ccs

41st lv DM
One of my favorites is N2: The Forest Oracle.
Yes, it's a pretty terrible railroad & poorly written. It routinely ends up on "Worst of" lists.
And If you run it straight & invest no prep, well you'll have crap....

But the general plot is fine. So treat it like a rough outline & add your own flourishes and details.
 


JonnyP71

Explorer
When I saw the thread title, this was my first reaction. You don't hear a lot about these, but they were very good. I played my group through UK2 during the playtest, and it worked seamlessly

My 'newbie' group who recently suffered a near TPK in the main 5E campaign are currently playing some 1E - and enjoying it thus far...

They've just finished UK2, but are all level 3/4 so UK3 would be a massacre - hence the diversion to UK4 - to beef them up somewhat. Though I can see them struggling with some bits, as they still have some of the 5E 'Chaaaaarrggge, we can win this!' mindset. UK2 played really well, it's often looked on as the poor little-sibling to UK3, which is partially true as it sets the scene for The Gauntlet, but the Villa and the old Xvart Lair are both really nicely done, with some tough challenges to trap the unwary. It's amazing the damage a single Caterwaul can do if the party is jammed into twisty 5' wide tunnels.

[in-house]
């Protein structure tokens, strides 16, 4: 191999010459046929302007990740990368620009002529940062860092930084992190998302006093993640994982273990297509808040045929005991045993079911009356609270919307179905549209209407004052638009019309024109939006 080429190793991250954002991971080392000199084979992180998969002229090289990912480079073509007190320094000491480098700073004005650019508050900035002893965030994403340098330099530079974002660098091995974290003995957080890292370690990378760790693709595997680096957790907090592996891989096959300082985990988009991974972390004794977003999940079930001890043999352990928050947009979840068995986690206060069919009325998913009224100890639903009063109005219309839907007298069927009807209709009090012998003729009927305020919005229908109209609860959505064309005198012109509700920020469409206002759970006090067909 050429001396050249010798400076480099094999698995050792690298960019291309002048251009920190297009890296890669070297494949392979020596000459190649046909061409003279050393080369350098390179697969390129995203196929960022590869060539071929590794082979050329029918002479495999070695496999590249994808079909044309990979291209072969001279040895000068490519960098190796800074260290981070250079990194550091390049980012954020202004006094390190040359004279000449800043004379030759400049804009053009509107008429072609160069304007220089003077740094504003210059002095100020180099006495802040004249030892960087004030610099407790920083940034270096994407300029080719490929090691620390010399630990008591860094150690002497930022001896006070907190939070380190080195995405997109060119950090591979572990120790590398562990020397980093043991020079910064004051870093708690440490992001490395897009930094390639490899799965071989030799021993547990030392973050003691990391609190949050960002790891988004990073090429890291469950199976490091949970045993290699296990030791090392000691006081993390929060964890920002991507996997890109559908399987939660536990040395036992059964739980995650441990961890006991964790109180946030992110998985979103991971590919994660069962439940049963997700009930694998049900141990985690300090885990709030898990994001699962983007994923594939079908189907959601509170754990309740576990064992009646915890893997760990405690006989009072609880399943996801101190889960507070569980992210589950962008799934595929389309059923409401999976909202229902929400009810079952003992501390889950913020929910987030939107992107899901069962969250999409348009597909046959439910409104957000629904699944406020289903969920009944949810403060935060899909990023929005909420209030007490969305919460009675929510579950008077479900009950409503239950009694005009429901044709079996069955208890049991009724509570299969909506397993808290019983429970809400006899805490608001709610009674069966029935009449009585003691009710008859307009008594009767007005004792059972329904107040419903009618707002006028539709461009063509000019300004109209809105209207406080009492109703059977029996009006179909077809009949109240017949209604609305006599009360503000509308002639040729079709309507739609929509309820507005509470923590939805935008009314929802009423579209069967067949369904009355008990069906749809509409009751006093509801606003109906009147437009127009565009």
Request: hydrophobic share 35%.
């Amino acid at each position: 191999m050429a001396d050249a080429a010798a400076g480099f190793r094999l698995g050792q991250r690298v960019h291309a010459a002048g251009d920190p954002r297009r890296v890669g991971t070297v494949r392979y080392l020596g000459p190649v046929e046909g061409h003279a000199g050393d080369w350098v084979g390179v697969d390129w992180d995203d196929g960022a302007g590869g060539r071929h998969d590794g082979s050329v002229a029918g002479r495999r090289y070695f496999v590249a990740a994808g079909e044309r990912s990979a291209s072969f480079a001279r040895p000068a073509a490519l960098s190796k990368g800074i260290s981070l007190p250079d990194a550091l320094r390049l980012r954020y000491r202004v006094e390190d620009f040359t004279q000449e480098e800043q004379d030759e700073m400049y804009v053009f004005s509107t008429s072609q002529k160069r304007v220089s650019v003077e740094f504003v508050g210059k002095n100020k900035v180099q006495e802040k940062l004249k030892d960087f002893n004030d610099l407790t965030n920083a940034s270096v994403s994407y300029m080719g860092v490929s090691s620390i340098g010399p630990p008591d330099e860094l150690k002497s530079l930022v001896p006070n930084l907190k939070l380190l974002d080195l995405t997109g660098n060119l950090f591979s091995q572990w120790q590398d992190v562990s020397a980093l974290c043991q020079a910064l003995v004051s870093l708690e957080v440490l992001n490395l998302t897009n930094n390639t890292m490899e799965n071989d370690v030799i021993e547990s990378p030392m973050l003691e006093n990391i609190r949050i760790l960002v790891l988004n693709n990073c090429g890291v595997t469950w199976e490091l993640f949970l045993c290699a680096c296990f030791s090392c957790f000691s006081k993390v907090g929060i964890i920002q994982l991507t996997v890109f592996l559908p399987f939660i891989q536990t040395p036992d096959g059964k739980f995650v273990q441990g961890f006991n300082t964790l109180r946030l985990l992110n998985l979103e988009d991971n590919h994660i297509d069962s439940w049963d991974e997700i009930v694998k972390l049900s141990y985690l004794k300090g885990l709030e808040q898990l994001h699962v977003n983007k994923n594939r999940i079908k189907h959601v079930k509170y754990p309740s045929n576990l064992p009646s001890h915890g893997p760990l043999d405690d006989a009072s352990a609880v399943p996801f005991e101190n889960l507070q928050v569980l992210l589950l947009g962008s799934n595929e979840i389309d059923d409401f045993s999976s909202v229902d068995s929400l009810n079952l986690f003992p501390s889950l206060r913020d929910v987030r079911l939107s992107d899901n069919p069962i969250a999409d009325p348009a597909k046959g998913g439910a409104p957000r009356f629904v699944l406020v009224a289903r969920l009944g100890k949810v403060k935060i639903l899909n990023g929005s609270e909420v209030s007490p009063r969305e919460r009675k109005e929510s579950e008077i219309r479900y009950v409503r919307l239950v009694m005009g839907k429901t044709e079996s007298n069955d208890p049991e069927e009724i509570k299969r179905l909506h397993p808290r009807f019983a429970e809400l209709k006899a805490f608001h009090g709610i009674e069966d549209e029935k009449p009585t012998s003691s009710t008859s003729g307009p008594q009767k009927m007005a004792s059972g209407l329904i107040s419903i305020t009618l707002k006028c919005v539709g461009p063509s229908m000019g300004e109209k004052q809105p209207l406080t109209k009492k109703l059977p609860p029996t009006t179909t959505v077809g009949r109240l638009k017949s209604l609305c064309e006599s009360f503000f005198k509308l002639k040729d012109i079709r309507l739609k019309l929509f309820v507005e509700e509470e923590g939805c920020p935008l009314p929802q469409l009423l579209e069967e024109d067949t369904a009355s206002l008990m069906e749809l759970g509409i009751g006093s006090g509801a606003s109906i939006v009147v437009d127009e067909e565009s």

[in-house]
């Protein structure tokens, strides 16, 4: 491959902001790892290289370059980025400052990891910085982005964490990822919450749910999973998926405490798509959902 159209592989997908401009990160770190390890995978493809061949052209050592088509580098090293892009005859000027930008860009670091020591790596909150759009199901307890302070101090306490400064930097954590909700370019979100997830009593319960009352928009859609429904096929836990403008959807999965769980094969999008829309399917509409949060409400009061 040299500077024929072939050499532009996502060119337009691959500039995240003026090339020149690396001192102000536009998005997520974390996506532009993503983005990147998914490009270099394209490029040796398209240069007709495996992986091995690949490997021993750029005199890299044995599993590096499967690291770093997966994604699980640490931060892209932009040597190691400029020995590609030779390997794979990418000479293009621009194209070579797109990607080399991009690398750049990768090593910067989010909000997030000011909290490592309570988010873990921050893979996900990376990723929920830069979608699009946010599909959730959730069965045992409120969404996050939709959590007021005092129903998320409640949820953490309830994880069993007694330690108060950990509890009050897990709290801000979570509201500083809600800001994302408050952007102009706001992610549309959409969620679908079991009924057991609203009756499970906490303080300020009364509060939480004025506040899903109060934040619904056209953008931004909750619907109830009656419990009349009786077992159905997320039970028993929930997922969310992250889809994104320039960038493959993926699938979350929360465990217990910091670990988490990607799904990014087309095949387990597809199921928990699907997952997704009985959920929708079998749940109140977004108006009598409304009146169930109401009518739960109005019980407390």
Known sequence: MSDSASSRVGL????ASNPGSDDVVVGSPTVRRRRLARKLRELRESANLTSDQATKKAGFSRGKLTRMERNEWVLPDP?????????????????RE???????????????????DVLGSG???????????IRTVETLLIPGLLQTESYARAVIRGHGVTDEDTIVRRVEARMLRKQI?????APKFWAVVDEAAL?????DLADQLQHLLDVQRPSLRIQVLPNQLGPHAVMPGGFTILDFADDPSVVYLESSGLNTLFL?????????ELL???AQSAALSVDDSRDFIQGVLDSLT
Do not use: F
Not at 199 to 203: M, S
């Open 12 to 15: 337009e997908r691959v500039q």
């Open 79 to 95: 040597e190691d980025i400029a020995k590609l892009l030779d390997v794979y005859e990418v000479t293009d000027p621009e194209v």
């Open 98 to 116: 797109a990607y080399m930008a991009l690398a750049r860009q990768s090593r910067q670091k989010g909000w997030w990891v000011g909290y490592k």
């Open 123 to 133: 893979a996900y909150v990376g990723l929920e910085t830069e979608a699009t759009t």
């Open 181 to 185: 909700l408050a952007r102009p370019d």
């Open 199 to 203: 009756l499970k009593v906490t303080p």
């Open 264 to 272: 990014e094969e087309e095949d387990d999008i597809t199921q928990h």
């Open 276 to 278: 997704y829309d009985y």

Graeme Morris was probably the best module writer of the 80s, and was creating some truly innovative gems while over in the States Tracy Hickman was churning out the dross DL series.

When they did the 'top 30 modules' thing a few years ago I seem to remember U1 being the only British adventure in the top 30. U1, UK3 and UK4 should all have been in the top 5.
 
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JonnyP71

Explorer
My favorite modules that don't get enough love?

EX1 & 2 (the "Alice" modules). Back when D&D used to have a bit of fun, not nearly as heralded as Barrier Peaks. Delightfully weird.

X4 & 5 (Desert/Nomad modules). X1 & X2 deservedly get props, but these are fun modules.

In my opinion, X4 is the best of the entire X series, it's fantastic, and far overshadows X5,
 


jrowland

First Post
When I saw the thread title, this was my first reaction. You don't hear a lot about these, but they were very good. I played my group through UK2 during the playtest, and it worked seamlessly


Same here. My vote is UK2 and UK3. Alderweg Keep is fixture in many campaigns I've run, such a great "low level" base of operations. I've had PCs take over as Lords, or simply be honored permanent guests, etc.
 

TerraDave

5ever, or until 2024
B4: The Lost City

Meet strange mask wearing factions members in a very weird pyramid. Huge scope for customization and expansion. Lots of RP potential. Pulpy theme and final boss monster.
 

Sacrosanct

Legend
Publisher
B4: The Lost City

Meet strange mask wearing factions members in a very weird pyramid. Huge scope for customization and expansion. Lots of RP potential. Pulpy theme and final boss monster.

I don't know if I'd call that underrated. It's one of the go-to modules people bring up when talking about great D&D old school adventures.